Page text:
Anti-Anxiety Medication

Your doctor may prescribe medication to help treat your GAD. Research has shown that individuals treated with a combination of psychotherapy and medication have better outcomes than those treated with only one or the other. The two most common classes of medications used are antidepressants and benzodiazepines/ tranquilizers.

Benzodiazepines, also known as sedatives or tranquilizers, are sometimes prescribed for short-term management of severe anxiety. These medications are effective in rapidly decreasing anxiety, but they can cause dependence and addiction. If you take any benzodiazepine for longer than 3–4 weeks, you are likely to suffer withdrawal symptoms if you stop suddenly. Research suggests that to reduce the risk of dependence, you should only be prescribed a one- to two-week supply of benzodiazepines.[15,16]

Find Help

Generalized anxiety disorder is treatable. Visit www.IWantToChangeMyLife.org/findhelp for a list of resources, including crisis phonelines, counselors, therapists, psychologists, psychiatrists, and support groups. You can change your life.

References

  1. National Comorbidity Survey, Lifetime Prevalence of DSM-IV Disorders.  https://www.hcp.med.harvard.edu/ncs/ftpdir/NCS-R_Lifetime_Prevalence_Estimates.pdf.
  2. American Psychiatric Association, DSM-5 The Diagnostic and Statistical Manual of Mental Disorders. 5 ed, ed. D. Kupfer: American Psychiatric Association.
  3. Spitzer, R. L., Kroenke, K., Williams, J. B., & Lowe, B., A brief measure for assessing generalized anxiety disorder: the GAD-7. Arch Intern Med, 2006. 166(10): p. 1092-7.
  4. Beidas, R. S., Stewart, R. E., Walsh, L., Lucas, S., et al., Free, brief, and validated: Standardized instruments for low-resource mental health settings. Cogn Behav Pract, 2015. 22(1): p. 5-19. PMC4310476.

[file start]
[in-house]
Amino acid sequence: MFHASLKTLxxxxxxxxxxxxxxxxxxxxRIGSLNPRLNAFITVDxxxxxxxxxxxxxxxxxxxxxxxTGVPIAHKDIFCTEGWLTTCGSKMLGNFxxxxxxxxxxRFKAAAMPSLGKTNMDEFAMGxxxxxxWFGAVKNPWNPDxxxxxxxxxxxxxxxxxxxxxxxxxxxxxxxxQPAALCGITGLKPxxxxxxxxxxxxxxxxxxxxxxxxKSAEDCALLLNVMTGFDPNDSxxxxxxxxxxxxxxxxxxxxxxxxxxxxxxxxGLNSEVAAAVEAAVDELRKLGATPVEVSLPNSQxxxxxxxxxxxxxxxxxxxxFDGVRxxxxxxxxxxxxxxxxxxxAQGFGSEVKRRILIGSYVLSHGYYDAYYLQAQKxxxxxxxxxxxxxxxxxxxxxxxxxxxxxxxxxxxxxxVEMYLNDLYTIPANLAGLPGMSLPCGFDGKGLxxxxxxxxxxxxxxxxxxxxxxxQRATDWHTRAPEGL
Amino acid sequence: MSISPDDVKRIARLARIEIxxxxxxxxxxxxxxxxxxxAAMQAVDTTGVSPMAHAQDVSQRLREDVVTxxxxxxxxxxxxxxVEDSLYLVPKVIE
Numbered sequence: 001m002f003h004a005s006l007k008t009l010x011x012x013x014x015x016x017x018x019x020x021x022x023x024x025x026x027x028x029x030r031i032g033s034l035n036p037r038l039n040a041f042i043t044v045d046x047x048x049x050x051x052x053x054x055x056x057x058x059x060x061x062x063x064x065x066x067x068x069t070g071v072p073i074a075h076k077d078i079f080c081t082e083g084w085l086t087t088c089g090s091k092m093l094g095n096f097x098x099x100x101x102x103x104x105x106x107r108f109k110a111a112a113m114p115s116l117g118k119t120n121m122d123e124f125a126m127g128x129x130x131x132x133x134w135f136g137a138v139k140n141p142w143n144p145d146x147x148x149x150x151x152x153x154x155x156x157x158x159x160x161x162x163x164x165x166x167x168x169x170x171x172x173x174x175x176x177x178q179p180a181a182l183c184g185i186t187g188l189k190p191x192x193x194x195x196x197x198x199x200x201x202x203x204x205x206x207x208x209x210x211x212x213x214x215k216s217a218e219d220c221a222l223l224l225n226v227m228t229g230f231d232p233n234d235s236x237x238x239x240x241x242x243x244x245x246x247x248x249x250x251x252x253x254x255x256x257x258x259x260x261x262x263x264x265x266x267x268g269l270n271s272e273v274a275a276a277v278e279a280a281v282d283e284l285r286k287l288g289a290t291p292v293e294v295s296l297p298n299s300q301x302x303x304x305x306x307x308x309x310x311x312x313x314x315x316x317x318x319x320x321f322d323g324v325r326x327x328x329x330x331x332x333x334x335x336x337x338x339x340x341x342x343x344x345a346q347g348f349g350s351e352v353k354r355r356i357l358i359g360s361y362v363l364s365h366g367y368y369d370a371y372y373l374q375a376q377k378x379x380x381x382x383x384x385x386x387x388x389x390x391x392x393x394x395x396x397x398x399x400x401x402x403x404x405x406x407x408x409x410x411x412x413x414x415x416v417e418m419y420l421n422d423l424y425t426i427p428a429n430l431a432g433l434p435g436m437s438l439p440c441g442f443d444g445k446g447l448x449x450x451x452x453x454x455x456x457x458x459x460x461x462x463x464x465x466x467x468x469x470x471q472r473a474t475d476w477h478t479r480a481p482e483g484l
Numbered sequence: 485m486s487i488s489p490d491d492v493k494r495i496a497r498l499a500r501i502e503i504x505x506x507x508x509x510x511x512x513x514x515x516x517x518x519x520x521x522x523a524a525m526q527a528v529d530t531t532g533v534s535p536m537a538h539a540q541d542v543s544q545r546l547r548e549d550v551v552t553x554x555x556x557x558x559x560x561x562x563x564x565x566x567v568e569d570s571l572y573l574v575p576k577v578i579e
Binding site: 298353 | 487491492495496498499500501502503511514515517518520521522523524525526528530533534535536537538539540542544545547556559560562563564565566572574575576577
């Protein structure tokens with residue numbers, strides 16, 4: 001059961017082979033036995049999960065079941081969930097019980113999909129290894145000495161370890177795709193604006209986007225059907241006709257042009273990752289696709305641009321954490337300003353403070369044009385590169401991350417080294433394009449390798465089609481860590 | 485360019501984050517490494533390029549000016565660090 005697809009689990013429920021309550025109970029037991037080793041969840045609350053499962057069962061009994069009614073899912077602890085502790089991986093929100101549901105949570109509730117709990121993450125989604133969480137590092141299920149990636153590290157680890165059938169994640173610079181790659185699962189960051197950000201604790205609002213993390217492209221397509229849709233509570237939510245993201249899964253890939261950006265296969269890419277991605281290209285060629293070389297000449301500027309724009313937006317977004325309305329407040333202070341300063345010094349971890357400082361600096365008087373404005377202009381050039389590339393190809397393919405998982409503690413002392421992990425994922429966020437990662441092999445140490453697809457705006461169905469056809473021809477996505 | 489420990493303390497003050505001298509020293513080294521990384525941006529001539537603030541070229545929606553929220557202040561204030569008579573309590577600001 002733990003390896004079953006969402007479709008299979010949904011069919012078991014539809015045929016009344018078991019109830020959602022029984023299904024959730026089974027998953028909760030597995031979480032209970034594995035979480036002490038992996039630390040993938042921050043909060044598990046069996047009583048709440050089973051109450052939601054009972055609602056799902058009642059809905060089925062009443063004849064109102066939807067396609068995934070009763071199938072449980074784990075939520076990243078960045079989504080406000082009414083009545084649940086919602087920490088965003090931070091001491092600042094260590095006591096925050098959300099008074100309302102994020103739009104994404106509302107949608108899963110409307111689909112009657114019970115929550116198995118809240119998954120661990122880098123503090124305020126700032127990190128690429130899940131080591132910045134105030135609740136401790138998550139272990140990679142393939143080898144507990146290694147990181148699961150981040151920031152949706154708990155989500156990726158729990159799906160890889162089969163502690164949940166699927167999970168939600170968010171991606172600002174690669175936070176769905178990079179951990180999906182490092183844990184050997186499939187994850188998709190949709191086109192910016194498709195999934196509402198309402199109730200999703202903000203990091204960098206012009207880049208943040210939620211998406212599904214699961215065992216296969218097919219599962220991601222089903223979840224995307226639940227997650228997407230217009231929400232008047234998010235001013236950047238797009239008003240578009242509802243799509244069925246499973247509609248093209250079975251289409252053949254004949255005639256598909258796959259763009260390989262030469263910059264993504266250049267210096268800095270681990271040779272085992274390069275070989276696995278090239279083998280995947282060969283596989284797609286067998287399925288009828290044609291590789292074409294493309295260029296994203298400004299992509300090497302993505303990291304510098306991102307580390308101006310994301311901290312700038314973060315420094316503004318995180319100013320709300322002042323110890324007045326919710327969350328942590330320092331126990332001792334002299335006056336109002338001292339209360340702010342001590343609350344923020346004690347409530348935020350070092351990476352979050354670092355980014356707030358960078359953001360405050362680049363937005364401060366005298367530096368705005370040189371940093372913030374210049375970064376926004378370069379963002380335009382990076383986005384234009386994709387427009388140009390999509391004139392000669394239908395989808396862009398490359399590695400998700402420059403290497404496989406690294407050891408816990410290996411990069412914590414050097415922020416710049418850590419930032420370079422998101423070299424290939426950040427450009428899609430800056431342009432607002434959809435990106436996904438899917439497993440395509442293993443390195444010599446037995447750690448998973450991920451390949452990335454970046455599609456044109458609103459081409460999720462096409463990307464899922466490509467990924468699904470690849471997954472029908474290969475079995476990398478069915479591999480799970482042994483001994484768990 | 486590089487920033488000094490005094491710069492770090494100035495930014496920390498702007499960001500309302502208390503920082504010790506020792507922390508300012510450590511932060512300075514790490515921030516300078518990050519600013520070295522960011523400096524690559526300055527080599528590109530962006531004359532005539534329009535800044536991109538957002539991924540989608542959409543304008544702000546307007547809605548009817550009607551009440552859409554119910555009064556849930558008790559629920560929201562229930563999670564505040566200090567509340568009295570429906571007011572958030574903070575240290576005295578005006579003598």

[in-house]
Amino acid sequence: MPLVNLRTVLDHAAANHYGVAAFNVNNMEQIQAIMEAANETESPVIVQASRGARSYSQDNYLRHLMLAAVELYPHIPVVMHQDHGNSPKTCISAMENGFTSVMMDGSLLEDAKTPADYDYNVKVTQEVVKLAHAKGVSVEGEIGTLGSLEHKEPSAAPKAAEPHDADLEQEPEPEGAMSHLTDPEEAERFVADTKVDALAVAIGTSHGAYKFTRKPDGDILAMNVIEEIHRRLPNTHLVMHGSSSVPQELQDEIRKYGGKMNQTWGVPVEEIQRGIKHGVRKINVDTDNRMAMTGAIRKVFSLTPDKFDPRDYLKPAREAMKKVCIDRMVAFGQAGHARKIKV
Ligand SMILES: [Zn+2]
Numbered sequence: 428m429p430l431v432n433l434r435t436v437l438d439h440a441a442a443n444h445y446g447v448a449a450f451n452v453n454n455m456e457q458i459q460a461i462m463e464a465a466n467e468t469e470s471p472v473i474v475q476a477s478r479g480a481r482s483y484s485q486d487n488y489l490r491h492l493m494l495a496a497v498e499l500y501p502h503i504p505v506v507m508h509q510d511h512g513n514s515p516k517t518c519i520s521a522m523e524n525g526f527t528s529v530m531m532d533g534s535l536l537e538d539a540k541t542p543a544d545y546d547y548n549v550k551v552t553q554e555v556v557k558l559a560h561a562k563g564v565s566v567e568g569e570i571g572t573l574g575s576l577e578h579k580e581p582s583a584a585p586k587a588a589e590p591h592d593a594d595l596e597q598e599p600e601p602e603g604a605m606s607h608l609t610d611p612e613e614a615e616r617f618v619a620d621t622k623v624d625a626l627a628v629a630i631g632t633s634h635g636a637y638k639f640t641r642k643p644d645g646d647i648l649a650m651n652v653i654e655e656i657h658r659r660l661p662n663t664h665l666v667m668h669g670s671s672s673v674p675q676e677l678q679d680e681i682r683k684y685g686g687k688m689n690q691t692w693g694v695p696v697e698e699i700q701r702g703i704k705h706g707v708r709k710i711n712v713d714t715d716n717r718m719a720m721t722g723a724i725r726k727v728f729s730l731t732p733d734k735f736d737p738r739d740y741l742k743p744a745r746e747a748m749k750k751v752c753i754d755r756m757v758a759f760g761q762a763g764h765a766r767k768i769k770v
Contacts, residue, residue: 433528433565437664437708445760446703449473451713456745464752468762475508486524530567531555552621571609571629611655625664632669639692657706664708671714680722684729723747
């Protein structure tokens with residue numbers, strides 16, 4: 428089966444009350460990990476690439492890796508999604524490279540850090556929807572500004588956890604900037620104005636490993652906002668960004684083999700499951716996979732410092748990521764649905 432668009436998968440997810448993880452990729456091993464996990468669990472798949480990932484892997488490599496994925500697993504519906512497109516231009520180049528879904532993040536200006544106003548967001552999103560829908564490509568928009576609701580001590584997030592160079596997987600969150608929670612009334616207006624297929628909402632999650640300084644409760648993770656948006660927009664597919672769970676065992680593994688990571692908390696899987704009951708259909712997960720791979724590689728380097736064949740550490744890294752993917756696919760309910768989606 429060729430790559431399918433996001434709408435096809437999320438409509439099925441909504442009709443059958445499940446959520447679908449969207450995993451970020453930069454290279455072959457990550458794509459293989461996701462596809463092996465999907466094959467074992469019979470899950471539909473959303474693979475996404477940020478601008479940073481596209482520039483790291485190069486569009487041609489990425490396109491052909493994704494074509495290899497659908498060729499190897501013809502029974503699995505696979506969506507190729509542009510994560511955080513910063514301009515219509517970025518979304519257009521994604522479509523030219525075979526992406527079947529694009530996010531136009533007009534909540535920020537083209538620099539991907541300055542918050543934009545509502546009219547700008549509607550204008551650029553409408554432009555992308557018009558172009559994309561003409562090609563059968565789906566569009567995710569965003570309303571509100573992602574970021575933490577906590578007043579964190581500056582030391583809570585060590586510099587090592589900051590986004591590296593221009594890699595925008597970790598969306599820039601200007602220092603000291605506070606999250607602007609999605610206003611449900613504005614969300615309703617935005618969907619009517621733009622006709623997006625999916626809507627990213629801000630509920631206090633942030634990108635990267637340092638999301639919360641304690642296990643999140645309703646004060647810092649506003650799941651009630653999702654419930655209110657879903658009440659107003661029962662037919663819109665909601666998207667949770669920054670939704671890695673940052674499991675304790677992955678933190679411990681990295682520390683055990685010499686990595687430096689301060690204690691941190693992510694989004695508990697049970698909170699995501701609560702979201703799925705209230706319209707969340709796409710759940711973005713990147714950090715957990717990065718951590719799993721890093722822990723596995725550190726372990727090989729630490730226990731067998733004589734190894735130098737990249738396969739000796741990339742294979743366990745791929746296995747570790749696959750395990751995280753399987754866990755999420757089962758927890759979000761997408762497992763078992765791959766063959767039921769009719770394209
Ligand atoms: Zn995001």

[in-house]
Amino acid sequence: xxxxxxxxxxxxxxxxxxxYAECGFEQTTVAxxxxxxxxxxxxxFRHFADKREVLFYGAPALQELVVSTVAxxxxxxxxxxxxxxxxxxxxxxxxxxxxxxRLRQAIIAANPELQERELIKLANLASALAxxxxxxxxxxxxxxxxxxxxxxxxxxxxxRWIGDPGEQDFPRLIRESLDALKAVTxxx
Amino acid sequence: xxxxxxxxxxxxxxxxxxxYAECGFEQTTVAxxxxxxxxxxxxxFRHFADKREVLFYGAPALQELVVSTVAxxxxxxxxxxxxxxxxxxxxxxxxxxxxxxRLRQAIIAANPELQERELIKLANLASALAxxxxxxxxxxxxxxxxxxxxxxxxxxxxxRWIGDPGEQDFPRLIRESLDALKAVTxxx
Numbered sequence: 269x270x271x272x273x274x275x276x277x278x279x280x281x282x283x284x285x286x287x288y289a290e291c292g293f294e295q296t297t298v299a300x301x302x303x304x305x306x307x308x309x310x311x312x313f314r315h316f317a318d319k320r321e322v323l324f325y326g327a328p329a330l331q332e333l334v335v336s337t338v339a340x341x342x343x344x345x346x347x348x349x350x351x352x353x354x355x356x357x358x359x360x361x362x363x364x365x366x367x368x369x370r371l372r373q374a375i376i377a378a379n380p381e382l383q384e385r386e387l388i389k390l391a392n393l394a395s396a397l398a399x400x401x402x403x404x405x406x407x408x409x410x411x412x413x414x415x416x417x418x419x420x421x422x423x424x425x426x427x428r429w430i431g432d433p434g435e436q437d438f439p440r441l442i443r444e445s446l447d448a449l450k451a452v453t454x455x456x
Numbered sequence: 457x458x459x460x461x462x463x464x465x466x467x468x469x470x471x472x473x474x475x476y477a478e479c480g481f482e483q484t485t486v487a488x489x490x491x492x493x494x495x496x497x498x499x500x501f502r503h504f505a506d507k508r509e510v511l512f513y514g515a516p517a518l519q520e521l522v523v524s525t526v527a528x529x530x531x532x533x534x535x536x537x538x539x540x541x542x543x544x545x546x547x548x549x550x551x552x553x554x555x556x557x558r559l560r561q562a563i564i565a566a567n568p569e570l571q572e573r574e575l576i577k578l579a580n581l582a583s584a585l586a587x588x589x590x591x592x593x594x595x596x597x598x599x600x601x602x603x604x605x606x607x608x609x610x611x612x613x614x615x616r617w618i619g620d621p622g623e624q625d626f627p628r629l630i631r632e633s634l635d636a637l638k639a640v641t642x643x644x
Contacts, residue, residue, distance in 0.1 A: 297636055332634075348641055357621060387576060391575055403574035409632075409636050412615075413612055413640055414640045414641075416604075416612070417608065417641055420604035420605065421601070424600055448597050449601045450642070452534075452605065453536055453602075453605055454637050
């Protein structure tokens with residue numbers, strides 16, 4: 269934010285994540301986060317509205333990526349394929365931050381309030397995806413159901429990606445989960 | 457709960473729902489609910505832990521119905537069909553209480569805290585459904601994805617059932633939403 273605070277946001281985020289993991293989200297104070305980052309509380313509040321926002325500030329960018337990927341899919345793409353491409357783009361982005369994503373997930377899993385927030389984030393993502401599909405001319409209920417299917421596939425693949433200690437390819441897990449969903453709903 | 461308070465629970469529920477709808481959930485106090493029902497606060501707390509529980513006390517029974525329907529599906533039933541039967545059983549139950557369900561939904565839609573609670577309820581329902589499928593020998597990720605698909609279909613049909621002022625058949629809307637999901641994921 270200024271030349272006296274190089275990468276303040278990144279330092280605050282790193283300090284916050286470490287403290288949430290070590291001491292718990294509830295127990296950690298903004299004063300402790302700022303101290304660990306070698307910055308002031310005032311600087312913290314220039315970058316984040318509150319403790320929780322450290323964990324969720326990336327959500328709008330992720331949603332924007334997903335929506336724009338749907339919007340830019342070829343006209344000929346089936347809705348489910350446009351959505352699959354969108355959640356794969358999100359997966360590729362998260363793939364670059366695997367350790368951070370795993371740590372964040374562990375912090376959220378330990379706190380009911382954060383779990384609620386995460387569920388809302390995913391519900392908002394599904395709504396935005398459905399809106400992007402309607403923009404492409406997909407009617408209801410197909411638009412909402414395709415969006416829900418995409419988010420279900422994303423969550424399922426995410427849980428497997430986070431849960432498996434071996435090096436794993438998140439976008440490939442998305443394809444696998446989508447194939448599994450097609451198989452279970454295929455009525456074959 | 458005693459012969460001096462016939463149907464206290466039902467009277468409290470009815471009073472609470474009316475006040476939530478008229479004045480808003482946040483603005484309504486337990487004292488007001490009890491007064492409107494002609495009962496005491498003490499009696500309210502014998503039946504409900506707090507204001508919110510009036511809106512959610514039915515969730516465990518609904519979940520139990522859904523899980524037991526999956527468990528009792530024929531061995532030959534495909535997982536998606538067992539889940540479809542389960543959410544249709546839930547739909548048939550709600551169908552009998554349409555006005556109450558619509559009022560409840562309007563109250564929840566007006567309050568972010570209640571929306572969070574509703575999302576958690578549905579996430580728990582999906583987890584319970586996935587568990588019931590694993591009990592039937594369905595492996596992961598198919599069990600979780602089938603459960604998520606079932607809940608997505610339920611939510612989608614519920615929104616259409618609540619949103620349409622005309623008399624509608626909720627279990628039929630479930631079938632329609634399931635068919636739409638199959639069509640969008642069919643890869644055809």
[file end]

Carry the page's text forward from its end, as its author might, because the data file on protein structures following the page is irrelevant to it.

5. Moylan, S., Jacka, F. N., Pasco, J. A., & Berk, M., Cigarette smoking, nicotine dependence and anxiety disorders: a systematic review of population-based, epidemiological studies. BMC Med, 2012. 10: p. 123. PMC3523047.
  6. Lane, J. D., Adcock, R. A., Williams, R. B., & Kuhn, C. M., Caffeine effects on cardiovascular and neuroendocrine responses to acute psychosocial stress and their relationship to level of habitual caffeine consumption. Psychosom Med, 1990. 52(3): p. 320-36.
  7. Kushner, M. G., Sher, K. J., & Beitman, B. D., The relation between alcohol problems and the anxiety disorders. Am J Psychiatry, 1990. 147(6): p. 685-95.
  8. Poyares, D., Guilleminault, C., Ohayon, M. M., & Tufik, S., Chronic benzodiazepine usage and withdrawal in insomnia patients. J Psychiatr Res, 2004. 38(3): p. 327-34.
  9. Substance Abuse Treatment for Persons With Co-Occurring Disorders No 42: Substance Abuse and Mental Health Services Administration (SAMHSA US), 2005.
  10. Butler, A. C., Chapman, J. E., Forman, E. M., & Beck, A. T., The empirical status of cognitive-behavioral therapy: a review of meta-analyses. Clin Psychol Rev, 2006. 26(1): p. 17-31.
  11. Beutel, M. E., Stark, R., Pan, H., Silbersweig, D., et al., Changes of brain activation pre- post short-term psychodynamic inpatient psychotherapy: an fMRI study of panic disorder patients. Psychiatry Res, 2010. 184(2): p. 96-104.
  12. Linden, D. E., How psychotherapy changes the brain--the contribution of functional neuroimaging. Mol Psychiatry, 2006. 11(6): p. 528-38.
  13. Manzoni, G. M., Pagnini, F., Castelnuovo, G., & Molinari, E., Relaxation training for anxiety: a ten-years systematic review with meta-analysis. BMC Psychiatry, 2008. 8: p. 41. PMC2427027.
  14. Vollestad, J., Nielsen, M. B., & Nielsen, G. H., Mindfulness- and acceptance-based interventions for anxiety disorders: a systematic review and meta-analysis. Br J Clin Psychol, 2012. 51(3): p. 239-60.
  15. Ashton, H., The diagnosis and management of benzodiazepine dependence. Curr Opin Psychiatry, 2005. 18(3): p. 249-55.
  16. Brett, J., & Murnion, B., Management of benzodiazepine misuse and dependence. Aust Prescr, 2015. 38(5): p. 152-5. PMC4657308.
Last Modified: August 6, 2018